Despite the municipalities' current efforts to chart their own course in litigation, it is important to note that the municipalities' authority to pursue their own claims is contested. [13] 

Looking Forward — What's Next?

The growing strength and national scale of state attorneys general can no longer go unnoticed. During the Trump administration, many attorneys general offices were emboldened by the perceived lack of federal regulatory enforcement. State attorneys general continue to flex their muscles to regulate perceived consumer harm and have demonstrated the ability to achieve substantial monetary recoveries.

Forward-looking litigators and regulatory attorneys are evaluating the state attorneys general's successes in their fights against the tobacco and opioid companies to prepare for the next public health showdown. One such challenge that is currently underway is in the climate context. Democratic leaders in five states and over a dozen localities have initiated climate liability litigation against oil and gas companies. [14] Climate liability litigation often includes allegations by plaintiffs that their claims have a public health component. [15] As of late, state attorneys general have particularly pointed to the alleged public health impacts of climate change in the name of "environmental justice," with their pending climate lawsuits built on legal theories and claims similar to those at issue in the opioid litigation, including public nuisance. [16] To support this goal, states have dedicated resources to create environmental enforcement divisions. [17]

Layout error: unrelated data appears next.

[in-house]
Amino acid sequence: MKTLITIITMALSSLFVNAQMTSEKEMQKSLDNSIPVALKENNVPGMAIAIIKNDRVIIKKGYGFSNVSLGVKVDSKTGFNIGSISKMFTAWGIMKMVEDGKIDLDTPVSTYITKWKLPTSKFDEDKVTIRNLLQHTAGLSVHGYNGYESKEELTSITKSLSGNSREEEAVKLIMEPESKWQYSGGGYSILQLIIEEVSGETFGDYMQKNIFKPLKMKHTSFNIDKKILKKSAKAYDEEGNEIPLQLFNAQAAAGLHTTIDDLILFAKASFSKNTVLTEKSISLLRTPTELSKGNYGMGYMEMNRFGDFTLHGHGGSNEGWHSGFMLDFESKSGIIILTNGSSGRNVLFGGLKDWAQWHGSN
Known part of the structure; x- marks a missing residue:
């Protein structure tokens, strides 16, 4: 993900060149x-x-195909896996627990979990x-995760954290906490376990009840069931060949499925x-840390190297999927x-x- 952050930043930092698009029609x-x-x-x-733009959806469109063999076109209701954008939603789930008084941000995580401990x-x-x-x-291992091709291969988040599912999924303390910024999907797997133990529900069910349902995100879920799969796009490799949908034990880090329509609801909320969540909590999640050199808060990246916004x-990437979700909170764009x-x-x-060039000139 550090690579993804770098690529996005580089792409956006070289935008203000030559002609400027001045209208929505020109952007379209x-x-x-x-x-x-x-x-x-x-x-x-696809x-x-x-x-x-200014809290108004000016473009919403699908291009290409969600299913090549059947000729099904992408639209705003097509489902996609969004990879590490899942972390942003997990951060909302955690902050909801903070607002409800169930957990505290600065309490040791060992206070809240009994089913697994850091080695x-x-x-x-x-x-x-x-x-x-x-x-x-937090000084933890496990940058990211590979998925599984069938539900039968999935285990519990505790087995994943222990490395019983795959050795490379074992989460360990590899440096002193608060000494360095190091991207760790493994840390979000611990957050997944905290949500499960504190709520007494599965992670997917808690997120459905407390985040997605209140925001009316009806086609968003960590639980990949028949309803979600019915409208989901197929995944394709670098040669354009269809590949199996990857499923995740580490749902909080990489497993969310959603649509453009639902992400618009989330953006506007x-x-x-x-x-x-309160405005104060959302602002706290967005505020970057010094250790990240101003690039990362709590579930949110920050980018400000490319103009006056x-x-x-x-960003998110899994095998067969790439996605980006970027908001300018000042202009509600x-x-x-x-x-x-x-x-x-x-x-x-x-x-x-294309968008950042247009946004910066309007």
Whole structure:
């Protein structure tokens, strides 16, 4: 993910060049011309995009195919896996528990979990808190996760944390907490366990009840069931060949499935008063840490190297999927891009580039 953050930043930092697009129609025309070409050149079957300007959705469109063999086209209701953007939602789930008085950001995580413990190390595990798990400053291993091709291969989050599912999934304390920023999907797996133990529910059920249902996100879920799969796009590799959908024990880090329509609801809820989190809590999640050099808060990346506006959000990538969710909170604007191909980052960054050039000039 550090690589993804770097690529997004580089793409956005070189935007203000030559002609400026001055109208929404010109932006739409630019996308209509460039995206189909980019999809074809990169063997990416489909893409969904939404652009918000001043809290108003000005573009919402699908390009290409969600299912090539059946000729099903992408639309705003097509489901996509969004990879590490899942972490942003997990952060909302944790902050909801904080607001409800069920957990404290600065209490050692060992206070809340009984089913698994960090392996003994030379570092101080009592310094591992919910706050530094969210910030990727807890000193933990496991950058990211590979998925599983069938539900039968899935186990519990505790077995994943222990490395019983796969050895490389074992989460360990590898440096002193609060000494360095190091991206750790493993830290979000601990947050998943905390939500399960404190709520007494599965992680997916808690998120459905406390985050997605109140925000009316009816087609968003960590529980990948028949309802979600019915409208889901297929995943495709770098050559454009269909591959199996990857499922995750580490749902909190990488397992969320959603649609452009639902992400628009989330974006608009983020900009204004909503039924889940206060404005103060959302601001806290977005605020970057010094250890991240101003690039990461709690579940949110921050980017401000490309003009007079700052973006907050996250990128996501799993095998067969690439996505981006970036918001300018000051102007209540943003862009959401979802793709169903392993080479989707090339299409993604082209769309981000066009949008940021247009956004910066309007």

Similarly, state attorneys general have shown interest in the practices of social media companies; [18] given recent reports about the public health impact of such practices, some expect that increased scrutiny by state attorneys general may follow. [19] If it does, the tobacco and opioid settlements could provide a framework for how these and other public health conflicts might be resolved.